The new House Democratic majority is having its first major family disagreement as the caucus struggles to stay united against Republican messaging votes, which the minority is deploying through a procedural move known as a motion to recommit.
Republicans in their first two months in the minority have already won two motions to recommit because of Democratic defections. Not once during the past eight years in which Republicans held the majority did Democrats win a motion to recommit.
Speaker Nancy Pelosi, known for her ability to keep her caucus together, is frustrated that her party is allowing Republicans to leverage the procedural tool as a political weapon.
“To those who think that they have to go down a certain path, understand the pressure you are putting on your colleagues,” Pelosi told Democrats during the caucus’s weekly whip meeting Thursday, according to a source in the room. “So, we are either a team or we’re not, and we have to make that decision.”
A motion to recommit, or MTR, is one of the few procedural tools the minority party has to get its message across. While the procedure can be used in a way that actually makes substantive changes to legislation, most often the minority’s goal is to send a political message, not improve the bill.
That’s why Pelosi has dismissed the MTR votes as inconsequential.
“I think we should just vote against all motions to recommit. It’s a procedural vote,” the California Democrat told reporters at her weekly press conference Thursday.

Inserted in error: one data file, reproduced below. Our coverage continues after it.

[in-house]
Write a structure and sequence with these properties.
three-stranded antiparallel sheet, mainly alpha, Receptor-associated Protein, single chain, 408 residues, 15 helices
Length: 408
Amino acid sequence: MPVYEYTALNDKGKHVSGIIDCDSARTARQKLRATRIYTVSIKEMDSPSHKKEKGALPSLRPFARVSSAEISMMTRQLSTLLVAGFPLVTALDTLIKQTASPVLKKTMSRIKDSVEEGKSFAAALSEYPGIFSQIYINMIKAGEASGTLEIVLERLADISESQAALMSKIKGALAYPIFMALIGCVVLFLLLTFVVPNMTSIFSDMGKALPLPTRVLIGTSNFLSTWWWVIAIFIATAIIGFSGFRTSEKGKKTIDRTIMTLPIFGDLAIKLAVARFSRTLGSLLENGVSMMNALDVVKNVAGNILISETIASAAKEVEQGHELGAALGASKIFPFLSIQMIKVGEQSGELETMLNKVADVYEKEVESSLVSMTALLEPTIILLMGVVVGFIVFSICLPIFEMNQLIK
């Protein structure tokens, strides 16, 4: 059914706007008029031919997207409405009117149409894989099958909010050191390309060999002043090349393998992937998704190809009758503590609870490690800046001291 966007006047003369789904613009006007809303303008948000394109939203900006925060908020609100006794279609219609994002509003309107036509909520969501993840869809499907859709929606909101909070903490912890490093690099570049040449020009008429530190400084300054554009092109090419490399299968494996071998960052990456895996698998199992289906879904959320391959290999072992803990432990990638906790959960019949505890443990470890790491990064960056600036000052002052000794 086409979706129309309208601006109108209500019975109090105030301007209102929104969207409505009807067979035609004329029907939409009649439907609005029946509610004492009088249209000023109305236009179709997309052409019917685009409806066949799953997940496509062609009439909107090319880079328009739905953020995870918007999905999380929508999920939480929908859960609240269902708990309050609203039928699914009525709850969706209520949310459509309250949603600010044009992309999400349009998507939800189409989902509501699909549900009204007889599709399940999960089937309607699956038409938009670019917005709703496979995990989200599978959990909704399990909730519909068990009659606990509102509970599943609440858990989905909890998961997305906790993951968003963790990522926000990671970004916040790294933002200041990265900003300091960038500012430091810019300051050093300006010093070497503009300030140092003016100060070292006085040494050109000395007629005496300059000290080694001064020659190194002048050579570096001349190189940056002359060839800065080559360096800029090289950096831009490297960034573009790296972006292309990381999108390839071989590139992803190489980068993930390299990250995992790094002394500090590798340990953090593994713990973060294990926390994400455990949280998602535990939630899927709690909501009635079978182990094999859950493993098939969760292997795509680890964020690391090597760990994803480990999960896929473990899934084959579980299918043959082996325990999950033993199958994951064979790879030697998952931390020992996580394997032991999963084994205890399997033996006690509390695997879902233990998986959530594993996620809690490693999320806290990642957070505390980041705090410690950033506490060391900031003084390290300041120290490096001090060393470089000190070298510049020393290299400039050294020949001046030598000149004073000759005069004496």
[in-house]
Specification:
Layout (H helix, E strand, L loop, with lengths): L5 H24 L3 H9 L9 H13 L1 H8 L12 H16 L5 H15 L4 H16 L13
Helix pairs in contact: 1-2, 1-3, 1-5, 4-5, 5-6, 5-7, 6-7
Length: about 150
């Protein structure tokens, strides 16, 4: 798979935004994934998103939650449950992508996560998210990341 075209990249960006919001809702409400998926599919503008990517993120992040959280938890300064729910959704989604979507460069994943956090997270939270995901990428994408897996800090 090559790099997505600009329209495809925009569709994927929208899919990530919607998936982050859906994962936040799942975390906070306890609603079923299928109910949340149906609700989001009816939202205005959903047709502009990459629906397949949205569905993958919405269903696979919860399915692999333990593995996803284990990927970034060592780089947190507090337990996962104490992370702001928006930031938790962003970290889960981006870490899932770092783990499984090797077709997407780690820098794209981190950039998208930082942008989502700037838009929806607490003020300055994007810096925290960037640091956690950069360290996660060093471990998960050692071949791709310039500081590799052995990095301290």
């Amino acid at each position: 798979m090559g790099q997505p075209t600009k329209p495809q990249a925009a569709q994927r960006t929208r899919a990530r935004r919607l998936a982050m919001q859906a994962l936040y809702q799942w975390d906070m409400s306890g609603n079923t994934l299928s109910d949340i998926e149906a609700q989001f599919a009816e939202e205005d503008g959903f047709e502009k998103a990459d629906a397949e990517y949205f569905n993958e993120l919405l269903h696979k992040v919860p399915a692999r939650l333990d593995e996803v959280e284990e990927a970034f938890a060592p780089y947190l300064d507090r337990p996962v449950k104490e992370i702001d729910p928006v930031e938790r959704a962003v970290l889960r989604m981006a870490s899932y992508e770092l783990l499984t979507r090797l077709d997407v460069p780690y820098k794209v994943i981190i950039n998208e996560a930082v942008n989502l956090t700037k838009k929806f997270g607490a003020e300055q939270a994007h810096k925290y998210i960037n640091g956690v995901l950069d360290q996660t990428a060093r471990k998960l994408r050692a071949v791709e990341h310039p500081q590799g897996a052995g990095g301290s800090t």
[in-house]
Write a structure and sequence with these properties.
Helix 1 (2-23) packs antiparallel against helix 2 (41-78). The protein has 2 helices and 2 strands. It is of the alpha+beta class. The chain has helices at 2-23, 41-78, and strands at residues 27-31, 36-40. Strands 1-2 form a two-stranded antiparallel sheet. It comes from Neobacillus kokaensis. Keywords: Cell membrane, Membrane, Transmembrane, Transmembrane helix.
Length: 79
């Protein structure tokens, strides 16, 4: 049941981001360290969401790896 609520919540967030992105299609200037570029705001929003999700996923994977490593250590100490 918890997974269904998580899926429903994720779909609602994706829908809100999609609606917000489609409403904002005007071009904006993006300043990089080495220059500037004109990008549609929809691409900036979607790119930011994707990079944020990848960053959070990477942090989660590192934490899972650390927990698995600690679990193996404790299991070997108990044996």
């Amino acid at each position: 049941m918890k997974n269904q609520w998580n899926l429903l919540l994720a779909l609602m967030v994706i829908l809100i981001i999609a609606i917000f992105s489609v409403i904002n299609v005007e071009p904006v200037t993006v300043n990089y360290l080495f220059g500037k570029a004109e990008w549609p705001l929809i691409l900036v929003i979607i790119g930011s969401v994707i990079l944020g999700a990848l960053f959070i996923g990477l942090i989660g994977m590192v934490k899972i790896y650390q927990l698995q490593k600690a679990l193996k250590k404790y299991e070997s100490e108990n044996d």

A senior Democratic aide close to the moderate wing said Pelosi’s argument that such motions are procedural is “disingenuous.” Around 2009, the tool was modified from a stall tactic that sent bills back to committee to one that provides for an immediate and sometimes substantive amendment to legislation, the aide said.
Leadership should not demand party loyalty 100 percent of the time, particularly from members from Republican-leaning districts who campaigned on bipartisan governing, or Democrats risk losing their majority, the aide said.
Asked about that argument during her press conference, Pelosi said that Democrats fracturing on the MTR votes actually provides Republican more fuel for their attacks.
“Vote ‘no,’” she said. “The fact is a vote ‘yes’ is to give leverage to the other side, a surrender of the leverage.”
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As Democrats discussed the MTR issue in their weekly whip meeting, two rank-and-file members floated getting rid of the procedure altogether.
House Rules Chairman Jim McGovern argued against that.
“Having not too long ago been in the minority, I want to make sure whatever we’re talking about, that there’s some protection of minority rights,” the Massachusetts Democrat told reporters after the meeting.
While McGovern said he doesn’t like how Republicans have used the motion to recommit as a political weapon, he acknowledged that Democrats did so too.
“We were guilty of this when we were in the minority. We used the motion to recommit as kind of a gotcha vote,” he said. “And unfortunately, it’s become weaponized in a way that’s not constructive legislating.”
One proposal some Democrats are contemplating is changing the rules to require more time to review motions to recommit. Democrats often don’t know what the Republicans are planning for the motion to recommit until they get to the floor for the vote.
“The truth of the matter is we have five minutes to deal with a substantive amendment, which is the final amendment to a bill,” said Michigan Rep. Dan Kildee, a chief deputy whip. “If it is going to be treated — I don’t think it should be — but if members decided they’re going to treat it as a substantive amendment, you got to have more than five minutes to determine what the impact of it might be.”
McGovern said ideas like providing for more advanced filing of the motions “are things that are worth talking about,” but he noted leadership has not asked him to do anything to facilitate that discussion.